Title: Introduction to Affirmative Clinical Practice with Sexual Minority Clients
Recorded on October 8, 2020
Featuring: David Pantalone, PhD
David Pantalone, PhD, is Professor of Psychology and Associate Dean of the College of Liberal Arts at the University of Massachusetts Boston, as well as an Affiliated Investigator at The Fenway Institute of Fenway Health, the largest sexual and gender minority-focused (SGM) healthcare, education, and research facility in the U.S. He completed his training in public policy at Brown University, and in clinical psychology at the University of Washington. Dr. Pantalone has been a Co-PI/Co-I for numerous NIH-funded studies to improve mental health, decrease substance use, address sexual health concerns, and improve coping with identity-based discrimination for members of vulnerable, stigmatized groups. Most of his work has centered on developing behavioral intervention to improve outcomes for those affected by the U.S. HIV epidemic, especially sexual minority men. Dr. Pantalone has co-authored approximately 120 scientific publications and 170 clinical/research presentations. He is a Fellow of the American Psychological Association, sits on multiple journal editorial boards including the Journal of Consulting and Clinical Psychology, and serves as Associate Editor of the journal Psychology of Sexual Orientation and Gender Diversity. Dr. Pantalone is Past President of APA's Division 44 and as one of eight members of the APA Task Force for the 2020 Revision of the Professional Practice Guidelines for Sexual Minority Clients.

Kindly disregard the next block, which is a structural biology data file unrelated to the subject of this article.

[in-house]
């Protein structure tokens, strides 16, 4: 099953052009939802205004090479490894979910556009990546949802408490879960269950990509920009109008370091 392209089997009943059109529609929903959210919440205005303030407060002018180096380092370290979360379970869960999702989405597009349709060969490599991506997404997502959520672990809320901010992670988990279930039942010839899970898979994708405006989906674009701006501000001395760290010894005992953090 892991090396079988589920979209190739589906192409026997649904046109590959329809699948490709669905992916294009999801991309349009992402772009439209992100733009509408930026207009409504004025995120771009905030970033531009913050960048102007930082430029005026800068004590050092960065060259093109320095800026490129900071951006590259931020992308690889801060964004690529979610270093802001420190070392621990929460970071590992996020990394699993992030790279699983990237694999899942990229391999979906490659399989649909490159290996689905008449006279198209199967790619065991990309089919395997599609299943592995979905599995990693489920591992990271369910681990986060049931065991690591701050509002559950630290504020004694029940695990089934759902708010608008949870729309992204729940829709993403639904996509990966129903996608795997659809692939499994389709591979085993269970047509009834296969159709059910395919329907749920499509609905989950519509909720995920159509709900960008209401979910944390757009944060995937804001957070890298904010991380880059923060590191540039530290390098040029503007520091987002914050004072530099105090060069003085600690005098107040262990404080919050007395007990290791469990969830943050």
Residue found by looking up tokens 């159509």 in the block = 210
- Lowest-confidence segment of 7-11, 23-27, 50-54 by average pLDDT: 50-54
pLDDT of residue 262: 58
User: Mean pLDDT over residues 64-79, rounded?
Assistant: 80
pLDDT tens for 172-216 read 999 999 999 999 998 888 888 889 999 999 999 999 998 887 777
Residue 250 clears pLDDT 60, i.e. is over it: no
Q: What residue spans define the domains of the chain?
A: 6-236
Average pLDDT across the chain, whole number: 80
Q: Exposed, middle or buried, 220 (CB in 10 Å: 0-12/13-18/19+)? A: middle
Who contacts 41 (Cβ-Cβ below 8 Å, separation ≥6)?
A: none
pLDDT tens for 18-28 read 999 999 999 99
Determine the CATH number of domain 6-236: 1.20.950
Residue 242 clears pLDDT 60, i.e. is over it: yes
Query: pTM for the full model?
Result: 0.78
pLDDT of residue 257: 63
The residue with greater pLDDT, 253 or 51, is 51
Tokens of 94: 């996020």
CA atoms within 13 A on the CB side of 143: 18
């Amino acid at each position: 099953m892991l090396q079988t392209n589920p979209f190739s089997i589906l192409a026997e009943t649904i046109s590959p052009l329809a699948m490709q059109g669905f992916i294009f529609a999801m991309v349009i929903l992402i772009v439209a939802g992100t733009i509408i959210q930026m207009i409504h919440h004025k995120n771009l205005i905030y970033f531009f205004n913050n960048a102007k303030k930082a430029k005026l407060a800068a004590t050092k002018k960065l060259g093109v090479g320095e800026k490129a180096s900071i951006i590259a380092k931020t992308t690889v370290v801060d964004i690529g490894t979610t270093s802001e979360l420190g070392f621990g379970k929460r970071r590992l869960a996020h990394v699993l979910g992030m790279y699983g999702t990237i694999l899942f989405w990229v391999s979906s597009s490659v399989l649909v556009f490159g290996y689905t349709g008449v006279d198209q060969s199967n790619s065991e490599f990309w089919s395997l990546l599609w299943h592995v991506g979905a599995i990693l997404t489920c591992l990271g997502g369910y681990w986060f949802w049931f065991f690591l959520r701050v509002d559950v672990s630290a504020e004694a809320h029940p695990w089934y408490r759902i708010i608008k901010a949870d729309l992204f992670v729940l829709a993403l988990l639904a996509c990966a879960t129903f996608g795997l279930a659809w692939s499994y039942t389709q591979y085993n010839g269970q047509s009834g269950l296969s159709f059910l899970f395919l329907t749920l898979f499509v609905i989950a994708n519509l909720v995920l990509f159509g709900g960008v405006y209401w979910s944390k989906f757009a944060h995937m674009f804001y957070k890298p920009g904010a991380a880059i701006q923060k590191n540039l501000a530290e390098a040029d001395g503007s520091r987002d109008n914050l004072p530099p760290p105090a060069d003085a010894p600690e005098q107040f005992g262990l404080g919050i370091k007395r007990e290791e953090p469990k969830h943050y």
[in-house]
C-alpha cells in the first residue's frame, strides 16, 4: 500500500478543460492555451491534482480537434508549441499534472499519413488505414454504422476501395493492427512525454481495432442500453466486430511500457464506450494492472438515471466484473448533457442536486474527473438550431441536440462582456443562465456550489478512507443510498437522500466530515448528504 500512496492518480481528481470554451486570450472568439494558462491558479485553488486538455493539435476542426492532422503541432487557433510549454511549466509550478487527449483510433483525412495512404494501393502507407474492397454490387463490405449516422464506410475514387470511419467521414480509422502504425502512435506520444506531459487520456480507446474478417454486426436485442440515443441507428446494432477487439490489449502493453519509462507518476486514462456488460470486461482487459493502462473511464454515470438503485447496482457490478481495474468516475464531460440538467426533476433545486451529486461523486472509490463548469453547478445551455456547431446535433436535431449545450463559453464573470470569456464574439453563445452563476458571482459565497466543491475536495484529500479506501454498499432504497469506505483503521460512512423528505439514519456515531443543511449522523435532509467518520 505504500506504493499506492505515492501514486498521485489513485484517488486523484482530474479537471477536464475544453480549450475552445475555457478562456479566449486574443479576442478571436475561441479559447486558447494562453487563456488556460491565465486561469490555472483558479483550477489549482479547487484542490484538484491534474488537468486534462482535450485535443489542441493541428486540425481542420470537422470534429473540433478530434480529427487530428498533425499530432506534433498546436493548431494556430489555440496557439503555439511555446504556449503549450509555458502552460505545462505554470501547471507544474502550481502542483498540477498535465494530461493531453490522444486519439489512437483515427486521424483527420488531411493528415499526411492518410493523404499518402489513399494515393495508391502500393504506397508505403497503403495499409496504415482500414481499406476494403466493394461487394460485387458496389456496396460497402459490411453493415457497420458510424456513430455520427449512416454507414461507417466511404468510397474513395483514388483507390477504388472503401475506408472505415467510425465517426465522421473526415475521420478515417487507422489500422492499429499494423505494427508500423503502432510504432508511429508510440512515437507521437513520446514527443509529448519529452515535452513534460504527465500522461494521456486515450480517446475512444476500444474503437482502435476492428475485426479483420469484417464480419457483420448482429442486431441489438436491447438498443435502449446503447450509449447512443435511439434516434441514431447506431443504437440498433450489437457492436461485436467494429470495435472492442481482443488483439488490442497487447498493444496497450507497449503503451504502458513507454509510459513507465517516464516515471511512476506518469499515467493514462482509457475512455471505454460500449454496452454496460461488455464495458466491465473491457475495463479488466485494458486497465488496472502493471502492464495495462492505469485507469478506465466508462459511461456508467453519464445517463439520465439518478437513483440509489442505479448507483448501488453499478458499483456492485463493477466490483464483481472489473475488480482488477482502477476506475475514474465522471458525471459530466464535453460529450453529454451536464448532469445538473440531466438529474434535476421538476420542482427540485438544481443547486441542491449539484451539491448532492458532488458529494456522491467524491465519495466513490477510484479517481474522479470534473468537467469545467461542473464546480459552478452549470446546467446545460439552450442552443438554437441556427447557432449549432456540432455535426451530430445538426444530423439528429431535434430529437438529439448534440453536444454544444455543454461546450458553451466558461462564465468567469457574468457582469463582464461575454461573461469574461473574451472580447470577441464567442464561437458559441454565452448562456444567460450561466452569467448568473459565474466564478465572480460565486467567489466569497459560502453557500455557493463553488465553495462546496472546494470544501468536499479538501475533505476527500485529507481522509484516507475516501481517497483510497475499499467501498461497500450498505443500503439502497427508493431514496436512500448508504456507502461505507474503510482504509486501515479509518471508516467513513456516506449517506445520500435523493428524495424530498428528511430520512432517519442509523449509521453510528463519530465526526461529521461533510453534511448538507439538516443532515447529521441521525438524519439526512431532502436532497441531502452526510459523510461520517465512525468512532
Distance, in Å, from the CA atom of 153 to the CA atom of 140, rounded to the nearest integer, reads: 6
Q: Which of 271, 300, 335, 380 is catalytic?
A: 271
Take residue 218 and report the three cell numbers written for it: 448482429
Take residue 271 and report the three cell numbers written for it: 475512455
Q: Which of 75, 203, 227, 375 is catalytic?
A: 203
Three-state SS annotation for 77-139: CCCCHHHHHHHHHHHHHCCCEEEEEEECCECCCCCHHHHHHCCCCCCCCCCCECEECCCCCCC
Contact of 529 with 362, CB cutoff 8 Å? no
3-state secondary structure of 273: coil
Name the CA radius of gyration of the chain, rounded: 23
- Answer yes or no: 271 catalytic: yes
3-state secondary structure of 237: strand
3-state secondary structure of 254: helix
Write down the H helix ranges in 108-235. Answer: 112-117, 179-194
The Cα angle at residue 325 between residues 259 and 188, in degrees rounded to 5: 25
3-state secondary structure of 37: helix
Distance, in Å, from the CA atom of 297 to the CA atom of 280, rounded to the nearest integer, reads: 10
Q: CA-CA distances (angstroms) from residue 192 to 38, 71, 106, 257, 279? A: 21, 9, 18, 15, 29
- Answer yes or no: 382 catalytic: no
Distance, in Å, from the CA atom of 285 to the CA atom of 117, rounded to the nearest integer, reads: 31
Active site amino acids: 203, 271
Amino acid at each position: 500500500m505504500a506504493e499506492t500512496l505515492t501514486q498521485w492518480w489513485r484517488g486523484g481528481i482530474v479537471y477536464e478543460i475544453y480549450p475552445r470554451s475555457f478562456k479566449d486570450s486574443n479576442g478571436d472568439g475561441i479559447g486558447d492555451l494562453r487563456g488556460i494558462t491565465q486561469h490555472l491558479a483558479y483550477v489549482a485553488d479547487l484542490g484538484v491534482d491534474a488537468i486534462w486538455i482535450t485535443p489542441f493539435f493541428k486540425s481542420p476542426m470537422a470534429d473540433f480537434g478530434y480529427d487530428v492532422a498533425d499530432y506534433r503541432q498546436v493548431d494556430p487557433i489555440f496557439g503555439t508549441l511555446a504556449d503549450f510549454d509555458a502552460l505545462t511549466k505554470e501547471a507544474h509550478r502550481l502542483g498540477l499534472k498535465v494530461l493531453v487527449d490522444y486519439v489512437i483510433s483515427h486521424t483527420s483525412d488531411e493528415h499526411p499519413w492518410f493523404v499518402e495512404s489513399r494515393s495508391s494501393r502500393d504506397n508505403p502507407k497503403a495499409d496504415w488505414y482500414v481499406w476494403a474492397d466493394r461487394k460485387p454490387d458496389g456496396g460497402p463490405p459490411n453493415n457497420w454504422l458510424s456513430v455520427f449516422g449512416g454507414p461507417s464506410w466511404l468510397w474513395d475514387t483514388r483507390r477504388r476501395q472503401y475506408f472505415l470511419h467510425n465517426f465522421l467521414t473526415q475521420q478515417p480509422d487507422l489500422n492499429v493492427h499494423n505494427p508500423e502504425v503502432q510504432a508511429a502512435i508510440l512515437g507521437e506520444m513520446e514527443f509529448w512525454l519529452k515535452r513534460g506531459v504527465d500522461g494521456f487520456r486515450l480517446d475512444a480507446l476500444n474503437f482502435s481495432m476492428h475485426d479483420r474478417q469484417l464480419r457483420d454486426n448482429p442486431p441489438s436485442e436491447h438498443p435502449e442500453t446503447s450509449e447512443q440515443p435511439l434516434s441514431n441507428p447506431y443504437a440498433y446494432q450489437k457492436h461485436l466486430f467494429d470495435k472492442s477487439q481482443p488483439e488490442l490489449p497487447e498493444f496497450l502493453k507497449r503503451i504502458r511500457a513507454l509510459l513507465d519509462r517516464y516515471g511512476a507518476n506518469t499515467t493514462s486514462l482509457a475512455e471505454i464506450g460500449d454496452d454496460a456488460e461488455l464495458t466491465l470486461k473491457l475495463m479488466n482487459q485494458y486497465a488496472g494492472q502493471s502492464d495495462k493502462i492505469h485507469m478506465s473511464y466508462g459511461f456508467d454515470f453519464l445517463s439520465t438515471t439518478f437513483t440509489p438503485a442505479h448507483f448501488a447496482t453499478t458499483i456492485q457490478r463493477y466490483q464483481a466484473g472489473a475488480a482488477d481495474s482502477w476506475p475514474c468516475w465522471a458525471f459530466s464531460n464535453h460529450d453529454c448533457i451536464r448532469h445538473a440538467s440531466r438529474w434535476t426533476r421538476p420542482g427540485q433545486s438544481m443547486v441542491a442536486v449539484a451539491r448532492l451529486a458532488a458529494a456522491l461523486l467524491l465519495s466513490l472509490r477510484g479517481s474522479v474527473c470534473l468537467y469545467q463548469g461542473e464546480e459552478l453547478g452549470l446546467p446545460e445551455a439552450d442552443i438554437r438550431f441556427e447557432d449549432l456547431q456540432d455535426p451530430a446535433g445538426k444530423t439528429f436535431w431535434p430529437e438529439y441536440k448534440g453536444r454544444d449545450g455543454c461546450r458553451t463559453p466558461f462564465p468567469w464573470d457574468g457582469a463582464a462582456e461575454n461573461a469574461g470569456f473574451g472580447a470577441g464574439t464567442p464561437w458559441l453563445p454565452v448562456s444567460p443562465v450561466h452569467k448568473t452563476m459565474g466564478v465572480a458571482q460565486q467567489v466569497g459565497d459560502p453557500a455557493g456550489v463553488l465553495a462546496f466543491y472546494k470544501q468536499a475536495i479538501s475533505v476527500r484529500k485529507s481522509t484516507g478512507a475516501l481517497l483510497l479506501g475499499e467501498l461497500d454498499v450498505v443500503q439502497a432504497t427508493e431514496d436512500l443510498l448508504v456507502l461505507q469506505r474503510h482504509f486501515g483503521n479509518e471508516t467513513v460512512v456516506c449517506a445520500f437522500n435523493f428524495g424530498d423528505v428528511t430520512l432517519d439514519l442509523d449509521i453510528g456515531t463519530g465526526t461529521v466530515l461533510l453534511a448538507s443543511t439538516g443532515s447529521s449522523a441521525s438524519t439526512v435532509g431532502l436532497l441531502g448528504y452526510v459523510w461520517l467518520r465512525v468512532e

This presentation will provide an overview of the content needed for cultural competence in mental health practice with sexual minority clients. The presentation will define key terms about sexuality and gender and describe the best-supported theoretical model for explaining sexual orientation-related health disparities, the sexual minority stress model. Once participants have been exposed to practical knowledge of relevant terms and an overarching theoretical model, the presentation will highlight some of the clinical competencies for working with sexual minority clients, as well as pragmatic suggestions for structural elements of their practice setting and additional information and training on this topic.
1) Define terminology on sexual orientation and gender identity relevant to clinical practice.
2) Describe the sexual minority stress model, the leading theoretical model for understanding sexual orientation-related health disparities.
3) Understand some general and specific therapy competencies that are helpful for working with sexual minority clients.
This webinar is eligible for 1 CE/CME. Read more information on CE/CME here: https://adaa.org/education/ce-credits